Prior to coming to NIST in 2014, Dr. Hanisch was a Senior Scientist at the Space Telescope Science Institute, Baltimore, Maryland, and was the Director of the US Virtual Astronomical Observatory.
For more than twenty-five years Dr. Hanisch led efforts in the astronomy community to improve the accessibility and interoperability of data archives and catalogs.
The US National Institute of Standards and Technology, in response to US government policies on open data, has implemented a public data repository that holds the research data supporting scientific publications by NIST staff (https://data.nist.gov/). This repository has been constructed with FAIR principles firmly in mind. There is a standard (and extensible) metadata schema for describing all data holdings that is queryable through an open applications programming interface. NIST staff upload data into the repository and a digital object identifier is automatically generated, which can also be inserted into the associated publication. Metadata about datasets is exported in a JSON file and integrated into the US government-wide data index, https://data.gov/. A challenge we face, however, is that data from scientific instruments is often available only in vendor-proprietary formats. Working through the US Office of Science and Technology Policy, Subcommittee on Open Science, we aim to revise US procurement rules to require instrument vendors, as a condition of purchase by a federal agency, to provide options for delivering data in open, FAIR-compatible formats.
Dr Tshiamo Motshegwa is an academic based at the Department of Computer Science, Faculty of Science at the University of Botswana where he is a lecturer and leads the High-Performance Computing and Data Science Research cluster and the University-Industry-Government cocreation Platform. He received a BEng 1:1 (Hons) in Computer Systems Engineering and a Ph.D. in Computer Science- both at the School of Mathematics, Computer Science and Engineering, City University Of London, UK.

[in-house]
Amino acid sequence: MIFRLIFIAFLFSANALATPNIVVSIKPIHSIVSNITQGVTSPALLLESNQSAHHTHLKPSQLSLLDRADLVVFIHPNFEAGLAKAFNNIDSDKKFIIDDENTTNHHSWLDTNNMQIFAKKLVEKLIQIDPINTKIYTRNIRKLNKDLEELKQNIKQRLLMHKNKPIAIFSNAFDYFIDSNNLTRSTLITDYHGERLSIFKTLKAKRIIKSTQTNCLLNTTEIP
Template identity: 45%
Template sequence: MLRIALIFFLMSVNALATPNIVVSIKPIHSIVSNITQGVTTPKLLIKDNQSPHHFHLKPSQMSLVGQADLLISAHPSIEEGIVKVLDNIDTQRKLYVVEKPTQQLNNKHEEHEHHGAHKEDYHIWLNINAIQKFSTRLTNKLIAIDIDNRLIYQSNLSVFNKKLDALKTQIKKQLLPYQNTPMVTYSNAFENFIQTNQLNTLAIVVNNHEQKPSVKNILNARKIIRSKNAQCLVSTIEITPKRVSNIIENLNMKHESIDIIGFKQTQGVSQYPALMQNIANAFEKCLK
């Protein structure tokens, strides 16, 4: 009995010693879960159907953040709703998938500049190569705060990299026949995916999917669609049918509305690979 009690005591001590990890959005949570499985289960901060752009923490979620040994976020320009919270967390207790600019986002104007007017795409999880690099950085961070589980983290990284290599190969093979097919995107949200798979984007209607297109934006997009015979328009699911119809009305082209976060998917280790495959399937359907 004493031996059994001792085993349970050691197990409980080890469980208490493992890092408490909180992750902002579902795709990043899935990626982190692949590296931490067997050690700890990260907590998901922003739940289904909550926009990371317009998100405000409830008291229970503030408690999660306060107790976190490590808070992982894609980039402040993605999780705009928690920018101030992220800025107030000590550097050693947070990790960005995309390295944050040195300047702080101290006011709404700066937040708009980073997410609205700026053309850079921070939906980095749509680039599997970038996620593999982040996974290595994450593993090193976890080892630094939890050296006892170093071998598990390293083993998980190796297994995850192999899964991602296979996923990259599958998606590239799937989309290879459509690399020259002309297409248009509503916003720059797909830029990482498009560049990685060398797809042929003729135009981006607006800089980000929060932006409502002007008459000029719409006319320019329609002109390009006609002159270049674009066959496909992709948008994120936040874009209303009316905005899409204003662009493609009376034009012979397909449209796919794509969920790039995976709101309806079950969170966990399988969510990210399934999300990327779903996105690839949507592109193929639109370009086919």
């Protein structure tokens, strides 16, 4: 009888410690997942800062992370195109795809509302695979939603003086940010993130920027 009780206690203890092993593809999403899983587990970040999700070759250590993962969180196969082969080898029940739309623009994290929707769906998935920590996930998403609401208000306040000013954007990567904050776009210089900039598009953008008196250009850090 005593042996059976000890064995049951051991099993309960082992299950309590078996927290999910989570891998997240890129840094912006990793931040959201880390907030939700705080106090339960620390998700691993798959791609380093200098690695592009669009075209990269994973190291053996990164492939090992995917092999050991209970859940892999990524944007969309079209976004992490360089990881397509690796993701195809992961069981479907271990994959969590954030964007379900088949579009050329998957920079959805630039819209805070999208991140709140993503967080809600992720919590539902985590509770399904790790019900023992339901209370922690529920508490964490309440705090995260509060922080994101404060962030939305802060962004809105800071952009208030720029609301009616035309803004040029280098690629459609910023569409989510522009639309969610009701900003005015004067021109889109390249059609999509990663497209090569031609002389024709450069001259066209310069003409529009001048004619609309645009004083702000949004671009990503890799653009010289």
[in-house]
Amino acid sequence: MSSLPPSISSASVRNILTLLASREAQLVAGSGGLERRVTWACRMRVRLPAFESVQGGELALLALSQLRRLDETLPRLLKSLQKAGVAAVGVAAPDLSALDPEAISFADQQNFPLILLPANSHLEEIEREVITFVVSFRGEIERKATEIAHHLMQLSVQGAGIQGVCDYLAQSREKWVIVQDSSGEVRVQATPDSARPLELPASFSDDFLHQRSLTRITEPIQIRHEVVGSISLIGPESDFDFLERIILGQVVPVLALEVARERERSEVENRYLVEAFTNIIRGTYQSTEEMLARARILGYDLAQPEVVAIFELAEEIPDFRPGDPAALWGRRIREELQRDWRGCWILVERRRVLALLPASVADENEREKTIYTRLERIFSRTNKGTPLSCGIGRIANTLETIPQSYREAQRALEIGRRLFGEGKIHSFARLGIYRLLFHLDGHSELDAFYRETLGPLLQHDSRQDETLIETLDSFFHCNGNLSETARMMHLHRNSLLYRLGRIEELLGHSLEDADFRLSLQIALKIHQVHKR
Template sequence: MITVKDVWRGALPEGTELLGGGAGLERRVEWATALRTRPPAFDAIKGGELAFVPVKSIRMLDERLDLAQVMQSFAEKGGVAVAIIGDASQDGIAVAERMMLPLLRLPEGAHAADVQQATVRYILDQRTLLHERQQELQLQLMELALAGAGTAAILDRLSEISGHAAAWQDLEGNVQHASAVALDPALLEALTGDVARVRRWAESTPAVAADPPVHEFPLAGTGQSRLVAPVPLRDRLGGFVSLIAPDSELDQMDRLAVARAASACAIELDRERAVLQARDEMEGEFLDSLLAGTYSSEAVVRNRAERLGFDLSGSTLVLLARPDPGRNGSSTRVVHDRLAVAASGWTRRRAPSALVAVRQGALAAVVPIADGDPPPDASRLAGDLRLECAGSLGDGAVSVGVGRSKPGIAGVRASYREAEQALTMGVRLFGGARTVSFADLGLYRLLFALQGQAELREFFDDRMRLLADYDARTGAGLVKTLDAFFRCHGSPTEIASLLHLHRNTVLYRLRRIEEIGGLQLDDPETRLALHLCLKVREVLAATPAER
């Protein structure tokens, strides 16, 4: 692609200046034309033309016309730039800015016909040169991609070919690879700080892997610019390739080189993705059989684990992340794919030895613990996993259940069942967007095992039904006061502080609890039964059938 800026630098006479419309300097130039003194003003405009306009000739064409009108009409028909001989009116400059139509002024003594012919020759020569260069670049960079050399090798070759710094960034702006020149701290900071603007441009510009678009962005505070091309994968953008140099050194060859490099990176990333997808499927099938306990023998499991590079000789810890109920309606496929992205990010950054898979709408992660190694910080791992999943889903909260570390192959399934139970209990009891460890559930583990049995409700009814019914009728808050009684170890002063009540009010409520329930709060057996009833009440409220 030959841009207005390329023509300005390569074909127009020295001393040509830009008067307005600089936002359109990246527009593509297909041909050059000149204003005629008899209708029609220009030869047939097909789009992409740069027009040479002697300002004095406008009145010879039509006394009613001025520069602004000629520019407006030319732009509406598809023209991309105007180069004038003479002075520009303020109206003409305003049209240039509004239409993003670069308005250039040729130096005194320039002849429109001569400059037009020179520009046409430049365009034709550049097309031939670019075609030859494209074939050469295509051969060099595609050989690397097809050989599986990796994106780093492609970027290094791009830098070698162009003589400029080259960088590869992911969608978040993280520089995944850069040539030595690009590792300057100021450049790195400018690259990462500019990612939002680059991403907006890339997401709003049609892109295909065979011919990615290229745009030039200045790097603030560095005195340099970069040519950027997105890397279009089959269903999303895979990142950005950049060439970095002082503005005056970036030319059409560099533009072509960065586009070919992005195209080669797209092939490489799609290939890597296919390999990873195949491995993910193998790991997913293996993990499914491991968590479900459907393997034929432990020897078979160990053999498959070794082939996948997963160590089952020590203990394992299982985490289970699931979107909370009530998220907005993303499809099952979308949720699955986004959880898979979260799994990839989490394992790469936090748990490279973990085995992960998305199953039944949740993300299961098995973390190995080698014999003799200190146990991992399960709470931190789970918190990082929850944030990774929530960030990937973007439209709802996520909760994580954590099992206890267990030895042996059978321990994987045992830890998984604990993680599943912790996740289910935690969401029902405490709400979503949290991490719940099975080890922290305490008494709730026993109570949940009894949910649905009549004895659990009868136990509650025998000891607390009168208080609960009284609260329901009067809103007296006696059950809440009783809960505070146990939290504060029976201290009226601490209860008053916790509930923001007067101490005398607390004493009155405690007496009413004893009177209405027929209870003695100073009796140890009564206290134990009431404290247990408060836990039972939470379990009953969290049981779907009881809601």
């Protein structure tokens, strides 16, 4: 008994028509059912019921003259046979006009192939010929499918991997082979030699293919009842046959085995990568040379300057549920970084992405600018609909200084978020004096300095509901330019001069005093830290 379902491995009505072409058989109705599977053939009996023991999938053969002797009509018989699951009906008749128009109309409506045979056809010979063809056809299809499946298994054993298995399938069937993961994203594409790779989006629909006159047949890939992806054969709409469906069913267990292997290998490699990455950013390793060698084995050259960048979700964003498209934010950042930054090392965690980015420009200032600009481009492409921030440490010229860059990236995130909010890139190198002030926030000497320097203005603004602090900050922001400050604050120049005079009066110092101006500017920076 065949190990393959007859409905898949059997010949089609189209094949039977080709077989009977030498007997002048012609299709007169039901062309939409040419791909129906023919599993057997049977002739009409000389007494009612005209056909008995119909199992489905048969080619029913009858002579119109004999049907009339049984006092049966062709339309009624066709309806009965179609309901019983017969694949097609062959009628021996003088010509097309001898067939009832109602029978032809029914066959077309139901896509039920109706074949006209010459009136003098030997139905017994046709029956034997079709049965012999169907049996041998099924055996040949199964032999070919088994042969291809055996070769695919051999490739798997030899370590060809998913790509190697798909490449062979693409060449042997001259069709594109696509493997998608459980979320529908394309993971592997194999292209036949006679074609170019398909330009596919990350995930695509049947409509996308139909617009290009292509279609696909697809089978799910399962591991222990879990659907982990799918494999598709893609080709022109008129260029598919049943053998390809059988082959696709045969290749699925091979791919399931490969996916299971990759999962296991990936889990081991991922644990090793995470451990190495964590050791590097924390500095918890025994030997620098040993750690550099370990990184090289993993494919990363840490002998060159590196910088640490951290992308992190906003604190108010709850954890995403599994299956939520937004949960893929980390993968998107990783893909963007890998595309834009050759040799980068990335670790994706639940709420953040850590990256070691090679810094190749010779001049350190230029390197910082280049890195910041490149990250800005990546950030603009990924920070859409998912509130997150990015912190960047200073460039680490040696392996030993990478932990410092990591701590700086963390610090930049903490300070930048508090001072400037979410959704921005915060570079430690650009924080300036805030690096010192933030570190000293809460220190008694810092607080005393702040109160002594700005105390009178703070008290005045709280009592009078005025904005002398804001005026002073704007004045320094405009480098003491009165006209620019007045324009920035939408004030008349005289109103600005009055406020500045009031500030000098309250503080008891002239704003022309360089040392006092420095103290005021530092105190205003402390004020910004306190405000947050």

He has had visiting fellowships at British Telecom Research & Innovation Labs (BTexact Technologies) at Intelligent Business Systems Group, Adastral Park Ipswich, UK. He has also had fellowships at the UNESCO International Center For Theoretical Physics (ICTP), Trieste Italy and internship at British Energy Plc, Lancashire, UK.
Dr Motshegwa serves on the Botswana Government’s Ministry of Tertiary Education, Science and Technology (MOTE) task team for the Botswana Space Science strategy overarching developments and opportunities in space sciences and technologies. He is also seconded to the Ministry regarding the implementation of the Botswana National Digital Transformation Initiative that includes transforming research, science , technology innovation ecosystems through cyberinfrastructure for digital revolution. He also serves institutionally on the University of Botswana 4IR Strategy, and ICT Strategy.
Dr Motshegwa is a member of the Botswana Square Kilometre Array & African Very Long Base Interferometer Network (AVN) Projects technical Committee, the Botswana Open Data Open Science (ODOS) committee and the Botswana-South Africa Joint Commission on Research, Science, Technology and Innovation.